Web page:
The answer may be self-storage. Recently, a self-storage operator has purchased the vacant Macy’s department store at Richmond Town Square in Richmond Heights, Ohio. The storage owner paid an amazingly low $1.15 million for the building. The new buyer will re-develop the store into climate controlled self-storage.
Is this the future of the American mall? In some cases, the answer may be “yes’.
Opportunities – And Warnings – Based On 2017 Self-Storage Development Trends
The self-storage industry built more than twice as many storage facilities in 2017 than it did the year before, with the stats being 359 built in 2016 and 791 built in 2017. The majority of these storage properties were built in the “Top 50” metros of the U.S. – a total of 494 new facilities. But this type of increased construction can also bring problems of oversupply in some markets, particularly since there are estimated to be an additional 600 new facilities built in those same “Top 50” markets in 2018.
Here are the markets that experienced the most new construction in 2017:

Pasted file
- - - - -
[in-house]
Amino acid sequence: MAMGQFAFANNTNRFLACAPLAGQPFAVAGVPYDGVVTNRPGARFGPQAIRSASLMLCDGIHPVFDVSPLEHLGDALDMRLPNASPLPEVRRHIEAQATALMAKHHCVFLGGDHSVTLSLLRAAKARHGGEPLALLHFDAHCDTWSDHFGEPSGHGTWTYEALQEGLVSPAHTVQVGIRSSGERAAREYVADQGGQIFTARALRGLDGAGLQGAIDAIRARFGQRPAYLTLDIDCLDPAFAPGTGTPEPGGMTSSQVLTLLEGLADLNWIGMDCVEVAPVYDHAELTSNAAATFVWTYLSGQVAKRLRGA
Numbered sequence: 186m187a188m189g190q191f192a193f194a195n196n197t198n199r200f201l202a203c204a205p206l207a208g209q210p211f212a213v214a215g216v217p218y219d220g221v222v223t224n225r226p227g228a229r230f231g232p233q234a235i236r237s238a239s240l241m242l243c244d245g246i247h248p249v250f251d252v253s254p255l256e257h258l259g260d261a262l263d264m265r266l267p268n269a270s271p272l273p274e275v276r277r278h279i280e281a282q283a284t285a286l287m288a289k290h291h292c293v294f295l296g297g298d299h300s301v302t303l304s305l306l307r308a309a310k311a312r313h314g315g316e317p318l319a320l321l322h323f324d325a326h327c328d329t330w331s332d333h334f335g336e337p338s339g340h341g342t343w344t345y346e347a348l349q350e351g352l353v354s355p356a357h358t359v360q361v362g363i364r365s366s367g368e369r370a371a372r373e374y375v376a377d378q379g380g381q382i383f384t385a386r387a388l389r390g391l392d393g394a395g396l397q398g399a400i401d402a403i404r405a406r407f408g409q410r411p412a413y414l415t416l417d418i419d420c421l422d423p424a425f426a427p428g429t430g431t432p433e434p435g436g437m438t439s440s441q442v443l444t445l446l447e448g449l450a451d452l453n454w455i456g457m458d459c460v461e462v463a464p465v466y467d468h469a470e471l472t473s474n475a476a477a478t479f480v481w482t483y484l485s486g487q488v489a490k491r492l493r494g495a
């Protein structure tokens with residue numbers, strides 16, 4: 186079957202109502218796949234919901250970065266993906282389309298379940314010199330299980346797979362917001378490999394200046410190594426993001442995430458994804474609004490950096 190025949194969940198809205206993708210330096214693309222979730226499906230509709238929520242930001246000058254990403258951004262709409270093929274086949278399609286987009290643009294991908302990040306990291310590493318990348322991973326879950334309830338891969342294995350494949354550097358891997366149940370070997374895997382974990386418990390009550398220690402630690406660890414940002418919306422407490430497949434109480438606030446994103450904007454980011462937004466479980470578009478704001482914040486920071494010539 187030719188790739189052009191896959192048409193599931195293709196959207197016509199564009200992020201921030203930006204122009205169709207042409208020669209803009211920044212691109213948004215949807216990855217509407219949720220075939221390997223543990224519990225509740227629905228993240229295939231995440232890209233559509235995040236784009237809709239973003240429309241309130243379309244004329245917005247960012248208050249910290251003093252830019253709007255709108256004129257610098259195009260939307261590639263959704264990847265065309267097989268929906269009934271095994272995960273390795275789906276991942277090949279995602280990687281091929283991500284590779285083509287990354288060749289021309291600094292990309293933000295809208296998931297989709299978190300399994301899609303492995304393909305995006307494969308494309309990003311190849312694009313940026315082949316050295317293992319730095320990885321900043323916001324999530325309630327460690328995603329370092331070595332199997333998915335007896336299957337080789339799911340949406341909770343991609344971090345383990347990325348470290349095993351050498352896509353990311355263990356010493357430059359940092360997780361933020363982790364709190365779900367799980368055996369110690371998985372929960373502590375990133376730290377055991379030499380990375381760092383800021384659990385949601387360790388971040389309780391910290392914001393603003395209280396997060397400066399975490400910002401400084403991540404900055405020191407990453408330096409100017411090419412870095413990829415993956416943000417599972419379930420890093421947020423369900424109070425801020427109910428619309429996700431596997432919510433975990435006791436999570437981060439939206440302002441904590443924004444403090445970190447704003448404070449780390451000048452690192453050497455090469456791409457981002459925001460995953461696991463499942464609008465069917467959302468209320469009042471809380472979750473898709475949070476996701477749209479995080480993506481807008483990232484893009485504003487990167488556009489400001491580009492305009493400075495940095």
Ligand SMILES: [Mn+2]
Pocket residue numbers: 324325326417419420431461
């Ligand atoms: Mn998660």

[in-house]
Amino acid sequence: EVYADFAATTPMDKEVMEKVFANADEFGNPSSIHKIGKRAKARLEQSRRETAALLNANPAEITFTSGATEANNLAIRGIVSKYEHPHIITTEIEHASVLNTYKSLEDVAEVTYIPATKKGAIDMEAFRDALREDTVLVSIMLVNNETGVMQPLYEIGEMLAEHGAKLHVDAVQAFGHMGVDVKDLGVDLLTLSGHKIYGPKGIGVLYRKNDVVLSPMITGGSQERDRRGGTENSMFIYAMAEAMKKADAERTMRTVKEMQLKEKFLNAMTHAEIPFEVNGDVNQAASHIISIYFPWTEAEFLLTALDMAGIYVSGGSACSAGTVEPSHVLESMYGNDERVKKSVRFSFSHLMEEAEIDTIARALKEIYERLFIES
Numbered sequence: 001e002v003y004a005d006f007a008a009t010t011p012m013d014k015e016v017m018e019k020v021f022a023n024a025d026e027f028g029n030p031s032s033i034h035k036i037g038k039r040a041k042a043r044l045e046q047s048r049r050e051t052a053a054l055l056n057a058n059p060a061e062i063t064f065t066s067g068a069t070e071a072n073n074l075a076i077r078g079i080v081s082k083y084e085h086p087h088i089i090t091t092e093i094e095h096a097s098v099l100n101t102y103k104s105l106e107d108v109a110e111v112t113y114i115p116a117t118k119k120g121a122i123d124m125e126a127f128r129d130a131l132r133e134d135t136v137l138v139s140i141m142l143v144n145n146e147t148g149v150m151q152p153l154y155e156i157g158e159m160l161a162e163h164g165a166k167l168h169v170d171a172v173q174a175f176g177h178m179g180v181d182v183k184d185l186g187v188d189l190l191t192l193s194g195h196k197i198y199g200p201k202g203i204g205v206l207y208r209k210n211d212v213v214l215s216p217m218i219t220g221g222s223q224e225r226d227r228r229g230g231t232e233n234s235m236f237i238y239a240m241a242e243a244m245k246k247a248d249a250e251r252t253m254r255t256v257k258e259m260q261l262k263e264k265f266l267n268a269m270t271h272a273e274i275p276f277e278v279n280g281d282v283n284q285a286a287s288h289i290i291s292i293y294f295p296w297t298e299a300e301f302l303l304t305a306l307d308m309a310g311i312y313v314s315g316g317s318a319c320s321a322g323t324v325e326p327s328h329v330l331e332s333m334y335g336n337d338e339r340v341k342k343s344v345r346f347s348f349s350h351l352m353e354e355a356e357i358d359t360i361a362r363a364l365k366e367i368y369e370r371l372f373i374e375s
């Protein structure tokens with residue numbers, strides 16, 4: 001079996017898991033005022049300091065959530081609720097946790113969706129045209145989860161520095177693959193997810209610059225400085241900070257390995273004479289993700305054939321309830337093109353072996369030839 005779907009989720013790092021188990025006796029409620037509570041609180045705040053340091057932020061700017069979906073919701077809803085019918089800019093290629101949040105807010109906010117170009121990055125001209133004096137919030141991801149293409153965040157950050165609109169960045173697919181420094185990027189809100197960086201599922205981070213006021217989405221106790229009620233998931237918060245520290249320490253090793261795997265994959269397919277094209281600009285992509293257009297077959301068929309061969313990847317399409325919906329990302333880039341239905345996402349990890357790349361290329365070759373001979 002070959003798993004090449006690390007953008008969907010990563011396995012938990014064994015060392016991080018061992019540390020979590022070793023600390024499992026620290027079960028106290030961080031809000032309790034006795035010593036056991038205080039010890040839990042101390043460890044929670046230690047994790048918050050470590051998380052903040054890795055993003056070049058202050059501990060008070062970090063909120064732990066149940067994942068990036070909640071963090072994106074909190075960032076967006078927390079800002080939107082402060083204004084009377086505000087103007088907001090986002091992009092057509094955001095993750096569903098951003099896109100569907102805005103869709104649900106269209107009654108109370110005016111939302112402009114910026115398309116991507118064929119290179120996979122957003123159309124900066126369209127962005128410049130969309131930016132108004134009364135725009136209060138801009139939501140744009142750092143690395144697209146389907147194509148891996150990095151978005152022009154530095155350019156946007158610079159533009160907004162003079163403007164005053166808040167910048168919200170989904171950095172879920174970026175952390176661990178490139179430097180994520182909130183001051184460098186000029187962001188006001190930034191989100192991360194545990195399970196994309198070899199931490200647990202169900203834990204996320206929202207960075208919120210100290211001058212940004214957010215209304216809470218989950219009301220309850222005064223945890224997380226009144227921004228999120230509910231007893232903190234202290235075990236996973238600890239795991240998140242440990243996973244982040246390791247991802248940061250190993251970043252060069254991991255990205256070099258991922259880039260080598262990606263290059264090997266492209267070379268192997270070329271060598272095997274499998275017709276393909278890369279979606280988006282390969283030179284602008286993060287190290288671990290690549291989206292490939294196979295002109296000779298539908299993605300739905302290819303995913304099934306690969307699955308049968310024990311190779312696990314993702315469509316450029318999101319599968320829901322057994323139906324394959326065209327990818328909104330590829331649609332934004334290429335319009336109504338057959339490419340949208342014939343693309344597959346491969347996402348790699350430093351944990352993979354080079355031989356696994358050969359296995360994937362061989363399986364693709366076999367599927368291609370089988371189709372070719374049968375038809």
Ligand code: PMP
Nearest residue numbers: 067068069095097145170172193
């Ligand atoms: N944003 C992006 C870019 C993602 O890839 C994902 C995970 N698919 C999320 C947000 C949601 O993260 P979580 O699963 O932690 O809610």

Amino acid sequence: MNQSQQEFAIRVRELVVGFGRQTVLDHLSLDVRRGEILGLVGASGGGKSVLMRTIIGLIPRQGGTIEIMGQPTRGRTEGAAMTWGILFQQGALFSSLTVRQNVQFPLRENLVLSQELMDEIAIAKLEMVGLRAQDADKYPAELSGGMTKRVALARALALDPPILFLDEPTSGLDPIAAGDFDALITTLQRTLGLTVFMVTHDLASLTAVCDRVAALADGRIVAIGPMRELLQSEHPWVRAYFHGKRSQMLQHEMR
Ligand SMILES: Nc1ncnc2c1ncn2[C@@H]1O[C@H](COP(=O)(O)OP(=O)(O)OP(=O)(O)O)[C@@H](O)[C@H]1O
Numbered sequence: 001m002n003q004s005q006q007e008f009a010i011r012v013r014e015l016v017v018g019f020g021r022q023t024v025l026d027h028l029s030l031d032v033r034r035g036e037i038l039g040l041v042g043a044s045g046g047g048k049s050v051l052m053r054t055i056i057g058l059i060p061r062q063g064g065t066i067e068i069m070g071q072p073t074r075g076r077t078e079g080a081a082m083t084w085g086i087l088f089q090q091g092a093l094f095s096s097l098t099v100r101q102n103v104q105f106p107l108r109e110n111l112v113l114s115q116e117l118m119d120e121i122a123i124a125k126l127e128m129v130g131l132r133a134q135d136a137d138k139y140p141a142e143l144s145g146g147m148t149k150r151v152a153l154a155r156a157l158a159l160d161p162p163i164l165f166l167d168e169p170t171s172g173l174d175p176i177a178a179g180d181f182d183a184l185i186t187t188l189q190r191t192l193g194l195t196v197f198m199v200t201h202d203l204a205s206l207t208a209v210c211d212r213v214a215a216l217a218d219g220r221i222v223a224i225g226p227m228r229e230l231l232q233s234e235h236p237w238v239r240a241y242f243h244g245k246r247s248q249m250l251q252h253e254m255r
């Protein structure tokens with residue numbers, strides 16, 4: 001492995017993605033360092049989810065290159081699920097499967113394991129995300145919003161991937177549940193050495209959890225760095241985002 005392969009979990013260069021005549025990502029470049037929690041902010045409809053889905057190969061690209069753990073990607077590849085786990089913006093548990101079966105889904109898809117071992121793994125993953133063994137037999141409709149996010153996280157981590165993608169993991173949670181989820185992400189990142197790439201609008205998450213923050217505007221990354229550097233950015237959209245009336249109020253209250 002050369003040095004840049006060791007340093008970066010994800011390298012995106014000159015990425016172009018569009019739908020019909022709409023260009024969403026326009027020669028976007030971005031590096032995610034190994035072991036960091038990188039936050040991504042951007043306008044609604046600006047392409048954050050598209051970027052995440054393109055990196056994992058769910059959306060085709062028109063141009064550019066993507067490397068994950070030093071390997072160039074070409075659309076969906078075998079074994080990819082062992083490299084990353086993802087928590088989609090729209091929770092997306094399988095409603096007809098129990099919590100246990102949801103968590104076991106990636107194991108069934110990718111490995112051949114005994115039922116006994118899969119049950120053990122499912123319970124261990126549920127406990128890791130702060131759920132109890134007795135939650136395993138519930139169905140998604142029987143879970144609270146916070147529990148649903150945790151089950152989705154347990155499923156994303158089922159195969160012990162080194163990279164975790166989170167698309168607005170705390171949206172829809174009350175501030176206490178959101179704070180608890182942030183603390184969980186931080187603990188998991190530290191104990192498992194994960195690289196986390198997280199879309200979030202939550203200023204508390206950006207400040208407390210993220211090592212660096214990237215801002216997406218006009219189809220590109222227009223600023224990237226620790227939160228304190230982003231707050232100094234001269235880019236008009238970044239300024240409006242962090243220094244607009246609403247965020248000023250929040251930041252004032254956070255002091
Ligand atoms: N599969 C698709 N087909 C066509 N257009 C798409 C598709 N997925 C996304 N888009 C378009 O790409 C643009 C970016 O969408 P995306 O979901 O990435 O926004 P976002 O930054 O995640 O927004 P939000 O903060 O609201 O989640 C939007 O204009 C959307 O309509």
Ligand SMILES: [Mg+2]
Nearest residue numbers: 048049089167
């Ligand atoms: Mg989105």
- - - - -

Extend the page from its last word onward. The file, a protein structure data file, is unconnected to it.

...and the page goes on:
- Austin with a 9.5% increase in storage space.
- Raleigh with an 8.4% increase.
- Denver with a 7.8% increase.
- Boise with a 7.7% increase.
- Dallas/Ft. Worth with a 6.2% increase.
- Milwaukee with a 6.1% increase.
- Pittsburg with a 6.1% increase.
- Washington, D.C. with a 6% increase.
- Orlando with a 5.9% increase.
- Houston with a 5.8% increase.
So how can you use this data as a tool for making smart storage acquisitions? One suggestion is that you might want to steer away from markets with massive new building. With the law of supply and demand, a growing supply depends on an equal rate of demand to keep prices stabilized. Developers have a habit of over-building in cycles, so you should buy in “hot” markets only with the best of due diligence. Some buyers focus on markets other than the “Top 50” because they don’t have to contend with the constant threat of too many new entrants. Remember that the U.S. is a huge territory, and those second and third-tier markets can sometimes offer greater investment security as they are off the radar screen of most builders.